It’s an entirely different world and one that’s very relaxing – the best of both worlds so to speak. It’s possible to walk the streets and escape the hectic London tourist lifestyleBusiness Management Articles, and that fact is one of the Chelsea attractions that isn’t mentioned much but is very real and well worth experiencing.

Visiting Sloane Square, in London


When people speak about the west side of London, quite often they’ll mention a range of locations including Sloane Square. Amusingly though, if questioned, many will admit to knowing the name but not knowing exactly where it is or what’s there that’s worth visiting!

Let’s put that right with some information below.


Sloan Square is on the west side of London and sits astride the boundaries of Chelsea, Belgravia and Knightsbridge. It is in one of the most desirable parts of London from a property and real estate point of view. Historically, it was developed in the 1770s by the successors of Sir Hans Sloane (1660–1753), which is where the name Sloane Square came from.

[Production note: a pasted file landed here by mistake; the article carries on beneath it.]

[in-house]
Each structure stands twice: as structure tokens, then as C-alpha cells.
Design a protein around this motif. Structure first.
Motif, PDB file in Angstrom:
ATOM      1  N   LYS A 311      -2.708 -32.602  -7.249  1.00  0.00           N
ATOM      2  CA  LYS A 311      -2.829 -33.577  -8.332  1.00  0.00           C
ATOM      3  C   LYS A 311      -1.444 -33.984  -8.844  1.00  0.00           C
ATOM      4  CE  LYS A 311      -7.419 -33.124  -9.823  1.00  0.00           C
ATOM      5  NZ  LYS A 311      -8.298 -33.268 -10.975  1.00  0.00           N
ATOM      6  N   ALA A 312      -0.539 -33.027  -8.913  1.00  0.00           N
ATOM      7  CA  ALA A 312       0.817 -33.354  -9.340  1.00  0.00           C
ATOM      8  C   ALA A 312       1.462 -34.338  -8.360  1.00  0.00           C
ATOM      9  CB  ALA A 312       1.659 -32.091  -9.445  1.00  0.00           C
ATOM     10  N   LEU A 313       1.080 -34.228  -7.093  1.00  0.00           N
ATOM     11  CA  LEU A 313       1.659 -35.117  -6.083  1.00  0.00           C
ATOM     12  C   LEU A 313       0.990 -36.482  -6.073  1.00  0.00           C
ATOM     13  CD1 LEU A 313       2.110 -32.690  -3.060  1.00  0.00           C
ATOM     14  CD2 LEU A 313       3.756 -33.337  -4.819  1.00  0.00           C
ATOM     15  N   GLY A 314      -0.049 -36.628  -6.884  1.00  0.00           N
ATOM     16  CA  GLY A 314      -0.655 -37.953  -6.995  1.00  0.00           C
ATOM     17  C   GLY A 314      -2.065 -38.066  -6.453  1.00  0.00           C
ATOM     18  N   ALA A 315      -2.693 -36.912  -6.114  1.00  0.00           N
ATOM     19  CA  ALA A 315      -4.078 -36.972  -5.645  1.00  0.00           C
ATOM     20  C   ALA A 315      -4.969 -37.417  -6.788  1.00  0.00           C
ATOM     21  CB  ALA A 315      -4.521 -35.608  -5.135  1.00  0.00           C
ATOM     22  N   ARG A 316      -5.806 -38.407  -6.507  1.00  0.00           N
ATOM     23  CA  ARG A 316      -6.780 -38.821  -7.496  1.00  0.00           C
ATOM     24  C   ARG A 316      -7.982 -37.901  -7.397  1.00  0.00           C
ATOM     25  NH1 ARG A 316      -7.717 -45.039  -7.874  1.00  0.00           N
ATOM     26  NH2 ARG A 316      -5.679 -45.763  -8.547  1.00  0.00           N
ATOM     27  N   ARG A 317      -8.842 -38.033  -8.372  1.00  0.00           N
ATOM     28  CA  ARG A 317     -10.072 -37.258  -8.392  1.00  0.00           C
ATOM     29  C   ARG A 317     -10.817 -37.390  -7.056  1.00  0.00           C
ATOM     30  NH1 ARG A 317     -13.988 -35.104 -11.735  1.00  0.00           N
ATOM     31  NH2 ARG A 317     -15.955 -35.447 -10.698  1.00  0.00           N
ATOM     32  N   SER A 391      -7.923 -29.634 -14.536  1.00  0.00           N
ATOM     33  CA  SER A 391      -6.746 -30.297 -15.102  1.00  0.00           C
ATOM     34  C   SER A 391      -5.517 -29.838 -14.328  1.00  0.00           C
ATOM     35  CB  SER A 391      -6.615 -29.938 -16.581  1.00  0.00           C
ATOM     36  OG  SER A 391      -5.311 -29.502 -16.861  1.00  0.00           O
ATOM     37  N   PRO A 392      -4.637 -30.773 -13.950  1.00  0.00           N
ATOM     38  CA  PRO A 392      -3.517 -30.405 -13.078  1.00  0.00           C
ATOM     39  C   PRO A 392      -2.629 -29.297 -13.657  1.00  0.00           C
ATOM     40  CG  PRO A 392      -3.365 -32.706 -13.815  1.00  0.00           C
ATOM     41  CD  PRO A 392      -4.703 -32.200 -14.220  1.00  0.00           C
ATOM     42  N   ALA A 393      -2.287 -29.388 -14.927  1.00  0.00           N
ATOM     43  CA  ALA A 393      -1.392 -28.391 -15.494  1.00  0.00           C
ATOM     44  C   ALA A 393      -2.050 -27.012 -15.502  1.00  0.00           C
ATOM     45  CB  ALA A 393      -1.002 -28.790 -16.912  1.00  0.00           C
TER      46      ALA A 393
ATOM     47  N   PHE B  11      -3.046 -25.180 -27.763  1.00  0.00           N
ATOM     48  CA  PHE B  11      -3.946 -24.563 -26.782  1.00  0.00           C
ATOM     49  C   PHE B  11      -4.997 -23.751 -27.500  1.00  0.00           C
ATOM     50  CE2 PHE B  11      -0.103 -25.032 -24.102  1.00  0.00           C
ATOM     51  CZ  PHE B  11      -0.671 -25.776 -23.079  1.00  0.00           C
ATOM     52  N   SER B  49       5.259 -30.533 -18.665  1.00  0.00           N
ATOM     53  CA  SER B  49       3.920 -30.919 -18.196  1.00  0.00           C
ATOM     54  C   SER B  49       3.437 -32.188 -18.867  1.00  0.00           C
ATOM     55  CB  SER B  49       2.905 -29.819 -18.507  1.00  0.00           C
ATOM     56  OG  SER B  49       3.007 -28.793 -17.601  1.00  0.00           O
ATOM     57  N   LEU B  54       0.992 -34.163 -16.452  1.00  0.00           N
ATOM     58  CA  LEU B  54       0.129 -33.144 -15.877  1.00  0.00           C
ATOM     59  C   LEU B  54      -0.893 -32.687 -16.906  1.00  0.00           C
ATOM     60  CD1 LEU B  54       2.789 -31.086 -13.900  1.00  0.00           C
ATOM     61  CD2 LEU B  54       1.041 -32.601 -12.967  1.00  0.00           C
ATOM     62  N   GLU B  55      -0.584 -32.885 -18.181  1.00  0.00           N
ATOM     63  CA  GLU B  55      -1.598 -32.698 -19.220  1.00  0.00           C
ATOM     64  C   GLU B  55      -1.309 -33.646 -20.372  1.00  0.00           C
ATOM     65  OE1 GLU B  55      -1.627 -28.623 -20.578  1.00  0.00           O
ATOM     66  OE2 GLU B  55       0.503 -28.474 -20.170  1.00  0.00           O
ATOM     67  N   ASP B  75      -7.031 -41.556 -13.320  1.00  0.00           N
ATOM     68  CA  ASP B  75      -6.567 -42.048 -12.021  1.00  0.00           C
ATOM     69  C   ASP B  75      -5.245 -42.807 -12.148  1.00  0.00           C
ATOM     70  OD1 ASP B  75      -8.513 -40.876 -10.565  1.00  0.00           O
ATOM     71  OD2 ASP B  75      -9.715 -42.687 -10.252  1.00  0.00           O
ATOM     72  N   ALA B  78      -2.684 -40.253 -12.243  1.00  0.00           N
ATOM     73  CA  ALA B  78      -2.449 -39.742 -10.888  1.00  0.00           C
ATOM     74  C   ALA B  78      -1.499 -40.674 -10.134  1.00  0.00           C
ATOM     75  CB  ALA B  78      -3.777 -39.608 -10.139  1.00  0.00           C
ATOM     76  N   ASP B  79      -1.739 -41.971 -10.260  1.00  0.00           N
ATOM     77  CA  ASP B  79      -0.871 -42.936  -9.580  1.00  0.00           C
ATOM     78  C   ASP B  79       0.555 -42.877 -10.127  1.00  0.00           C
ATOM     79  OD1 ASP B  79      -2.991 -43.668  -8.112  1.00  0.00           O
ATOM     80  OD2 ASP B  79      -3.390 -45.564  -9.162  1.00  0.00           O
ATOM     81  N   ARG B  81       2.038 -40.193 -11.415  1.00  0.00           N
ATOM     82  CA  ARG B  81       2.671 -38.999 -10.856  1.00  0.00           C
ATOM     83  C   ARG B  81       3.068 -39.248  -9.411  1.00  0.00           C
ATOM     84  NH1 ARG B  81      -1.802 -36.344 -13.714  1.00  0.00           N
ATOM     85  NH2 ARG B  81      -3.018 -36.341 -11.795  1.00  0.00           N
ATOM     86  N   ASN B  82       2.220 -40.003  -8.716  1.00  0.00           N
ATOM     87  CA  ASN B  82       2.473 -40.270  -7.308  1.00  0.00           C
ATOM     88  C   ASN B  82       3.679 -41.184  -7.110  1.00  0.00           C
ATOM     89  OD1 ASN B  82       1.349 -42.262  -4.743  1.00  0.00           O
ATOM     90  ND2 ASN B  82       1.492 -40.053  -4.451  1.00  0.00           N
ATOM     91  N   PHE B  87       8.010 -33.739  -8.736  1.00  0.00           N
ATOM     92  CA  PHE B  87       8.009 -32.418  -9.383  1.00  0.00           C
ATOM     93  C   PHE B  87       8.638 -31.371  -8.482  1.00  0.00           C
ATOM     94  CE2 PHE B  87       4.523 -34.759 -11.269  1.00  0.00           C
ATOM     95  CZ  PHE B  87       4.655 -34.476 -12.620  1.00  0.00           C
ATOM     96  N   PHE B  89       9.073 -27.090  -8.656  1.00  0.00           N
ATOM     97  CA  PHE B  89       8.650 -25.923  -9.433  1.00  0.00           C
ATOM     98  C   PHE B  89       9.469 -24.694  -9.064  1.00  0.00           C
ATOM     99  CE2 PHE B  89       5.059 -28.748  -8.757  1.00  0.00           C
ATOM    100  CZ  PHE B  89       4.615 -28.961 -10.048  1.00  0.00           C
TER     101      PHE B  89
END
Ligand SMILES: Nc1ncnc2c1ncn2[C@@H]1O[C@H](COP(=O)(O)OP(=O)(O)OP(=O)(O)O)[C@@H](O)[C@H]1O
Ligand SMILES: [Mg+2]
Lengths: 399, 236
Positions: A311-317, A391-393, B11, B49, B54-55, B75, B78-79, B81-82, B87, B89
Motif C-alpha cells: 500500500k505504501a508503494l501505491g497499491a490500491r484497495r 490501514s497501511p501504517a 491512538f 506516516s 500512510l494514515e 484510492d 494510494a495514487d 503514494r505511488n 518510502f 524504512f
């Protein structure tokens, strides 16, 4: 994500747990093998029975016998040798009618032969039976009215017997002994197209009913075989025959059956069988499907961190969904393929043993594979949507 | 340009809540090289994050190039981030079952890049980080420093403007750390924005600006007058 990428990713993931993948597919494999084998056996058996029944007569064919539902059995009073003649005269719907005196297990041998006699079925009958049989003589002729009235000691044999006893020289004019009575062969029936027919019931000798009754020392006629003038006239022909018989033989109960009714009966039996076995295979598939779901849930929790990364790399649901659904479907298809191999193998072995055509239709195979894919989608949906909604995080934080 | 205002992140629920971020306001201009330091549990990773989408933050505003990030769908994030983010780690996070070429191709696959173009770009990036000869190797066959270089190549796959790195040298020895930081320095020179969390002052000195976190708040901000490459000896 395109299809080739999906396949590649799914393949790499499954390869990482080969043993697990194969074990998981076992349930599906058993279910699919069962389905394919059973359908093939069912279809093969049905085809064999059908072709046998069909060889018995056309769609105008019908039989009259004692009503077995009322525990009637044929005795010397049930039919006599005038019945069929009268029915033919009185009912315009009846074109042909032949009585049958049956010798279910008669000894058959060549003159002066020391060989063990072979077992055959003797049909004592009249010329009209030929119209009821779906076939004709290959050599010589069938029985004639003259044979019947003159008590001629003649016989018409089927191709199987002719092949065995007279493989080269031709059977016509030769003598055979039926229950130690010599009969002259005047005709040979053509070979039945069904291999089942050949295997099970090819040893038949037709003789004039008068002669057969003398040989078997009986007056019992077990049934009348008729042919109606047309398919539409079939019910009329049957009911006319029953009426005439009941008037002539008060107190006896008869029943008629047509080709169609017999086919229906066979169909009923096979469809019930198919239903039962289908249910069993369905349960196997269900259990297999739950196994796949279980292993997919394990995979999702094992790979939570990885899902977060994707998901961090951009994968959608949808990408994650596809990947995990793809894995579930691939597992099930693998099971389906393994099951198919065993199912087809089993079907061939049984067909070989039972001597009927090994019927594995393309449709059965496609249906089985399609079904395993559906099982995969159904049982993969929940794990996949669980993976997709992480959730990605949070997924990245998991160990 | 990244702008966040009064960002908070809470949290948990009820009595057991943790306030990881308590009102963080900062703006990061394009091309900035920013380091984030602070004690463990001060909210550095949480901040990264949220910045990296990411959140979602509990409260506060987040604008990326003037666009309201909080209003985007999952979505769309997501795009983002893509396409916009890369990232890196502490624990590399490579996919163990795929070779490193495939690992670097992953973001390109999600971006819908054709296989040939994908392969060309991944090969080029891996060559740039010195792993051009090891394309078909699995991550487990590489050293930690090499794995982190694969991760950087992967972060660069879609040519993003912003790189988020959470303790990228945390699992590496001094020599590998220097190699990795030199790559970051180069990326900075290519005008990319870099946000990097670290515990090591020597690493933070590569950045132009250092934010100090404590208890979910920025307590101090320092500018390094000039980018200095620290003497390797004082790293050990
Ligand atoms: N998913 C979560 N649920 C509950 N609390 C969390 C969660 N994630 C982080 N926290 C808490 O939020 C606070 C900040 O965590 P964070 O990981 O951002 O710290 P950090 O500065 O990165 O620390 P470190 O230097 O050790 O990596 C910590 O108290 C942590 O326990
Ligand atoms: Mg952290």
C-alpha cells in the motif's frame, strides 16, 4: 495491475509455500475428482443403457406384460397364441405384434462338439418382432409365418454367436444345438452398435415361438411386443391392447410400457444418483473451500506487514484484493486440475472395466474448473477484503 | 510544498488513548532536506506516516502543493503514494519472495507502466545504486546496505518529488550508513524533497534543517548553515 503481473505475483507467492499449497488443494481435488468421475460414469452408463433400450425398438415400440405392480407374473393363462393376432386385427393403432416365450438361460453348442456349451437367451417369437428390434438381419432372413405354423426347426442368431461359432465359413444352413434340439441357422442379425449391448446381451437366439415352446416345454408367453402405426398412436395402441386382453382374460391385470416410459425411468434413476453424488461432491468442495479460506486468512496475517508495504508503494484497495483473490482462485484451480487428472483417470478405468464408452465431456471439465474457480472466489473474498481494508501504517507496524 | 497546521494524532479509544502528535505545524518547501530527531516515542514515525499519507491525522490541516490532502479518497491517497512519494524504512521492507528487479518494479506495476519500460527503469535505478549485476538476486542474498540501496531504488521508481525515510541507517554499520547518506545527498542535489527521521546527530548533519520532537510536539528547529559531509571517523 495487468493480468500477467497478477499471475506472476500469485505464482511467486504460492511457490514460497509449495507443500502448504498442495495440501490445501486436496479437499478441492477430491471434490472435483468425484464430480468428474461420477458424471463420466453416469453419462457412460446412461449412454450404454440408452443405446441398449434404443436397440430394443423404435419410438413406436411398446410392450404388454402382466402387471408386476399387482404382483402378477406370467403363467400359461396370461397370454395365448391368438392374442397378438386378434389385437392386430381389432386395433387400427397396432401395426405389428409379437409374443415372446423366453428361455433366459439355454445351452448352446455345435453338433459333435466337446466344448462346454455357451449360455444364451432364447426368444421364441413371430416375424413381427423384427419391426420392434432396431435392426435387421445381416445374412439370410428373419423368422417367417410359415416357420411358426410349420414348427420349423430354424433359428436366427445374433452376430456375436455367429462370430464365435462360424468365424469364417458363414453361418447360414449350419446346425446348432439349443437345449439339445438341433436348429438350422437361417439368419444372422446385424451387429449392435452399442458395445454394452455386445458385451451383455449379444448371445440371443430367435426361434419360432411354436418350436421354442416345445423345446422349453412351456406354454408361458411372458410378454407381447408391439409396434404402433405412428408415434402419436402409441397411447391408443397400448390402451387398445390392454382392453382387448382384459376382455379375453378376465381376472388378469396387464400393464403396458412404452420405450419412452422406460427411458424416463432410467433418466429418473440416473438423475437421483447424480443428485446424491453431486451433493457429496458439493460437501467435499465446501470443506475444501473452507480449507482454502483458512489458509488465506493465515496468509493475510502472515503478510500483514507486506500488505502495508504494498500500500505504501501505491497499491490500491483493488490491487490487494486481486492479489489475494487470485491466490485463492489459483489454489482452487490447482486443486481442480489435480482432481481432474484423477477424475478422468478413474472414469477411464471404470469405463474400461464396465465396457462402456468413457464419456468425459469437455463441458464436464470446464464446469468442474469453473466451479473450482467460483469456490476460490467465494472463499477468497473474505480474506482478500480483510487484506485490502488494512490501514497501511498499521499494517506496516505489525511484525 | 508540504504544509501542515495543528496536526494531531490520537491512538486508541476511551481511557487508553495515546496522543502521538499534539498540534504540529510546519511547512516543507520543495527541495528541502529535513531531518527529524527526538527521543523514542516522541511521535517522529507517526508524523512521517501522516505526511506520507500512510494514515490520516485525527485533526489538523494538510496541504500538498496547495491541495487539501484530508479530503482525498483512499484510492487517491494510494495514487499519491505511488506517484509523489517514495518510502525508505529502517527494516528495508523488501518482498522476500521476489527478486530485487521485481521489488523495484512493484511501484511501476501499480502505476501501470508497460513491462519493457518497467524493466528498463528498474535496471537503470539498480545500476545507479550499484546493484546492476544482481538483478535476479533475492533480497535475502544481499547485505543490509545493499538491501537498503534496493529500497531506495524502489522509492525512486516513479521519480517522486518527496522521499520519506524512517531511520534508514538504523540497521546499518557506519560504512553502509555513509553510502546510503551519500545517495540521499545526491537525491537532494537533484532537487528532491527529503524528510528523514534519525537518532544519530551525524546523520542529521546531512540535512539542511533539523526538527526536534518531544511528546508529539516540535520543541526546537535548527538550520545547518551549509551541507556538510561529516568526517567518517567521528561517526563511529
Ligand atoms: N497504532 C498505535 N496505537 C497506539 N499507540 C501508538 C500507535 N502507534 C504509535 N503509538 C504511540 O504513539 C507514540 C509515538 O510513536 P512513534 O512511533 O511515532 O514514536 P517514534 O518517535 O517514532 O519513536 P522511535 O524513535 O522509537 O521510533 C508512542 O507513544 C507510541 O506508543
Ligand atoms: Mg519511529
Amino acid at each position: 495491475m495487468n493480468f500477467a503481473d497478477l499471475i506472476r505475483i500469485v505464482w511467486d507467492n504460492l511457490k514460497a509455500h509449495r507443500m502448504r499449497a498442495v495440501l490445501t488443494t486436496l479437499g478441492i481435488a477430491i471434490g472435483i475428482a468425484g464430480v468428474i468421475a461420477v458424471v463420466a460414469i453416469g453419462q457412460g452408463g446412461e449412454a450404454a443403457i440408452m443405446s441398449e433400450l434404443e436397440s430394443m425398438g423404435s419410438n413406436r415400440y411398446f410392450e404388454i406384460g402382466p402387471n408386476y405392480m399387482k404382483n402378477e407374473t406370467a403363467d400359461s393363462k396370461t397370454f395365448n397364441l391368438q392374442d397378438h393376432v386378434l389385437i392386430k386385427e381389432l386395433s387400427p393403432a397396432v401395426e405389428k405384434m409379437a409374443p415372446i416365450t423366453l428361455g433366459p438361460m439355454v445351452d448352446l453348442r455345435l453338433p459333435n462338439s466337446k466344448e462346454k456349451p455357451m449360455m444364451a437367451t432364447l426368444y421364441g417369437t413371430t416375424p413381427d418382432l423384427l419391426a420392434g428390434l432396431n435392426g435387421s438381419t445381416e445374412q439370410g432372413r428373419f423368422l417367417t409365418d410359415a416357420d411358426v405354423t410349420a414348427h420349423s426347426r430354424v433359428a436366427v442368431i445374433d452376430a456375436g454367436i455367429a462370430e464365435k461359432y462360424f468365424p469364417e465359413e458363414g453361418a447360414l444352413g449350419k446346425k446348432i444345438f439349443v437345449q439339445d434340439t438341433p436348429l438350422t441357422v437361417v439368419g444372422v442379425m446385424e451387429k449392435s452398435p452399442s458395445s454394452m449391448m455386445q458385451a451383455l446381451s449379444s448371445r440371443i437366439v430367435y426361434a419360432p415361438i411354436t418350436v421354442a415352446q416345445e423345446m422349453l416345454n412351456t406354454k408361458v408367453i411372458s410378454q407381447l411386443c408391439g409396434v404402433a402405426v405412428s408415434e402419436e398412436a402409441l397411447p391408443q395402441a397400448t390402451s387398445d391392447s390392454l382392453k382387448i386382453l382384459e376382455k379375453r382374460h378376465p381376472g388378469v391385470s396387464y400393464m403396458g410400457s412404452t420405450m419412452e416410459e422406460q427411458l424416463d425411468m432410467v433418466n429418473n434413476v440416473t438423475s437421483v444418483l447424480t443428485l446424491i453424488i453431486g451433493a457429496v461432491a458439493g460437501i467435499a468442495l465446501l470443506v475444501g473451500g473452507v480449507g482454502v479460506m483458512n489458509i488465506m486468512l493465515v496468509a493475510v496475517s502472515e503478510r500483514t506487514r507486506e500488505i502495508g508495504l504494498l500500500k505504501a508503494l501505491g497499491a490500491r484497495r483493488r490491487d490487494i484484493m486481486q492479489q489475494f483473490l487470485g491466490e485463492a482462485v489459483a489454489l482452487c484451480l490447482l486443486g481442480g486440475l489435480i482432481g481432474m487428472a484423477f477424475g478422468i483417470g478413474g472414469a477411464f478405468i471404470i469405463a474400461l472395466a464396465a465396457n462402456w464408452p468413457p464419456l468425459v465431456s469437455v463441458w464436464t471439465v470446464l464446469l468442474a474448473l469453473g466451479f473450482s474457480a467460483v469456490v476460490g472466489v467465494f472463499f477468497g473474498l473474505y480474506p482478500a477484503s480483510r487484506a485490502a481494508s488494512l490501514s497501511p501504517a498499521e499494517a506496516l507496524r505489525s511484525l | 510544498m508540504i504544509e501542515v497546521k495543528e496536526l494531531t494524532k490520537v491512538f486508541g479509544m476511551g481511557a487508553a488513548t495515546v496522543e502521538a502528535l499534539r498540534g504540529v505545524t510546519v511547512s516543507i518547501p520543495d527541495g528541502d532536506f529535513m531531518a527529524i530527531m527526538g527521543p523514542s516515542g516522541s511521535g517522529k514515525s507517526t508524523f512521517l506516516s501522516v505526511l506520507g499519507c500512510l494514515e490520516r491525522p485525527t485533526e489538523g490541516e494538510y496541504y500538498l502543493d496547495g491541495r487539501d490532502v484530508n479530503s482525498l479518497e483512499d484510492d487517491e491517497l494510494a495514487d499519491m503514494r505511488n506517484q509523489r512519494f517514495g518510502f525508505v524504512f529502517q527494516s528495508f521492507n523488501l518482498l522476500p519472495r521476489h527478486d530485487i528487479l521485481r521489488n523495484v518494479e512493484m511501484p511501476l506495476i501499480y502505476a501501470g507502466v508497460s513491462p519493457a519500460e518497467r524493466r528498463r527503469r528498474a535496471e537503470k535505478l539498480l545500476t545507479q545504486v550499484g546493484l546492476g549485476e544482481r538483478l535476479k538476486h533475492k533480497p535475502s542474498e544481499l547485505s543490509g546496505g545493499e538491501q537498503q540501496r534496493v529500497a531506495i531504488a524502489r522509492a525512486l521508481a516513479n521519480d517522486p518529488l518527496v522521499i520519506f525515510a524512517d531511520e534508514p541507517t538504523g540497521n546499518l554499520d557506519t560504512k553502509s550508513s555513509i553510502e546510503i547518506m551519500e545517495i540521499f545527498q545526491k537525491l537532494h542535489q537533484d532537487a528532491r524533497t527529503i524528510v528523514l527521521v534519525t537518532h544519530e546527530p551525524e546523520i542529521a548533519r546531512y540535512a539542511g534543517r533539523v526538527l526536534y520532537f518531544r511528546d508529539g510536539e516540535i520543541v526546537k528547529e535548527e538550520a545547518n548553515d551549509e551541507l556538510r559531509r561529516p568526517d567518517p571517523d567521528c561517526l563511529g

Why it’s Famous

Although it’s perhaps odd to think so, for most people above a certain age the square is most commonly associated the ‘Sloanies’ or ‘Sloan Rangers’ of the 1980s – typically young, high-income people who gained a reputation for a free-wheeling and heavy spending lifestyle. (The term also had slightly negative connotations and could be used in the accusative form.) However, that’s now becoming almost ancient history.

Today, the square is best known for a famous department store (Peter Jones) and the (arguably) even more famous Royal Court Theatre. The latter is world-renowned as being the cradle of new writing talent, and many works that went on to achieve global success actually premiered in this small but important venue. Examples include works such as ‘Look Back in Anger’. The square also houses Cadogan Hall, a concert venue.

The area is also well-known in London for its hotels and restaurants. As you would imagine, given the prestigious location, most of these are up-market establishments aiming at tourists, local well-heeled residents and theatre-goers. You’ll find a huge selection of cuisines to choose from and some of the local hotels are well-known for their restaurants. You can dine out very well in and around the square, although it’s perhaps not likely to be a location for those looking for budget dining.

Odd Facts

It’s not widely known that one of London’s tiny and virtually forgotten rivers, the Westbourne, is actually diverted over the top of the local tube station here in a large pipe. The local underground is also one of the prime locations for buskers. Although London Transport has made periodic and even partly successful efforts to remove them, they do re-appear in areas frequented by tourists. You’ll see plenty of performers around Sloan Square – although some, it has to be said, can appear to be of questionable musical talent.